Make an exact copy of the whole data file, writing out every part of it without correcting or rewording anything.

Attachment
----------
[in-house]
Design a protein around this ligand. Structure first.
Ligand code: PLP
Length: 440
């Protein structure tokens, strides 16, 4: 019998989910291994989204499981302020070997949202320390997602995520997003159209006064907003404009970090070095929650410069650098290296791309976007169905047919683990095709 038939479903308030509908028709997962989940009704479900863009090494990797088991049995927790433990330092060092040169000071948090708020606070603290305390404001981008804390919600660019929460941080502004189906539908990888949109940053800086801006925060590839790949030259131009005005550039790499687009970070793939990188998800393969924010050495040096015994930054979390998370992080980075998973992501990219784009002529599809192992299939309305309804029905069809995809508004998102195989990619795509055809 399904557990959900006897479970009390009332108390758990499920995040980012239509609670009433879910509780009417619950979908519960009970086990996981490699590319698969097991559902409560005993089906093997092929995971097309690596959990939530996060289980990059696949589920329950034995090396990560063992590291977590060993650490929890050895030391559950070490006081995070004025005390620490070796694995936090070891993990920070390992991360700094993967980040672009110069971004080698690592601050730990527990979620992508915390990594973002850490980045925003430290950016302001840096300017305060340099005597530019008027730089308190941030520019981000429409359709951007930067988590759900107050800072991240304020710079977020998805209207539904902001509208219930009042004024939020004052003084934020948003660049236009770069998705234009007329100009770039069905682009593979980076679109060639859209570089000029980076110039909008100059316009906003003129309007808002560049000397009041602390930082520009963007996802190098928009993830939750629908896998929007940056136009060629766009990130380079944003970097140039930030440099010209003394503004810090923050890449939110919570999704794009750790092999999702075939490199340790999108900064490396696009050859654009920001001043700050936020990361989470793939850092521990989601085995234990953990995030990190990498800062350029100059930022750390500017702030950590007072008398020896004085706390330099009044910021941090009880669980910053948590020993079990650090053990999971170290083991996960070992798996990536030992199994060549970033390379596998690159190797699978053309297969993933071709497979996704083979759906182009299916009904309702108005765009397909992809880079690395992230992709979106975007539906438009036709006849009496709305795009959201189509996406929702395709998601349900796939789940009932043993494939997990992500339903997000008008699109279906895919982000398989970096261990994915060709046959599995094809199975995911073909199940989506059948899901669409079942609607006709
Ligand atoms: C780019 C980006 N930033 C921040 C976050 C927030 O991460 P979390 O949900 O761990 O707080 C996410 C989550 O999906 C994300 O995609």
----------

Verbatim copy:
[in-house]
Design a protein around this ligand. Structure first.
Ligand code: PLP
Length: 440
């Protein structure tokens, strides 16, 4: 019998989910291994989204499981302020070997949202320390997602995520997003159209006064907003404009970090070095929650410069650098290296791309976007169905047919683990095709 038939479903308030509908028709997962989940009704479900863009090494990797088991049995927790433990330092060092040169000071948090708020606070603290305390404001981008804390919600660019929460941080502004189906539908990888949109940053800086801006925060590839790949030259131009005005550039790499687009970070793939990188998800393969924010050495040096015994930054979390998370992080980075998973992501990219784009002529599809192992299939309305309804029905069809995809508004998102195989990619795509055809 399904557990959900006897479970009390009332108390758990499920995040980012239509609670009433879910509780009417619950979908519960009970086990996981490699590319698969097991559902409560005993089906093997092929995971097309690596959990939530996060289980990059696949589920329950034995090396990560063992590291977590060993650490929890050895030391559950070490006081995070004025005390620490070796694995936090070891993990920070390992991360700094993967980040672009110069971004080698690592601050730990527990979620992508915390990594973002850490980045925003430290950016302001840096300017305060340099005597530019008027730089308190941030520019981000429409359709951007930067988590759900107050800072991240304020710079977020998805209207539904902001509208219930009042004024939020004052003084934020948003660049236009770069998705234009007329100009770039069905682009593979980076679109060639859209570089000029980076110039909008100059316009906003003129309007808002560049000397009041602390930082520009963007996802190098928009993830939750629908896998929007940056136009060629766009990130380079944003970097140039930030440099010209003394503004810090923050890449939110919570999704794009750790092999999702075939490199340790999108900064490396696009050859654009920001001043700050936020990361989470793939850092521990989601085995234990953990995030990190990498800062350029100059930022750390500017702030950590007072008398020896004085706390330099009044910021941090009880669980910053948590020993079990650090053990999971170290083991996960070992798996990536030992199994060549970033390379596998690159190797699978053309297969993933071709497979996704083979759906182009299916009904309702108005765009397909992809880079690395992230992709979106975007539906438009036709006849009496709305795009959201189509996406929702395709998601349900796939789940009932043993494939997990992500339903997000008008699109279906895919982000398989970096261990994915060709046959599995094809199975995911073909199940989506059948899901669409079942609607006709
Ligand atoms: C780019 C980006 N930033 C921040 C976050 C927030 O991460 P979390 O949900 O761990 O707080 C996410 C989550 O999906 C994300 O995609």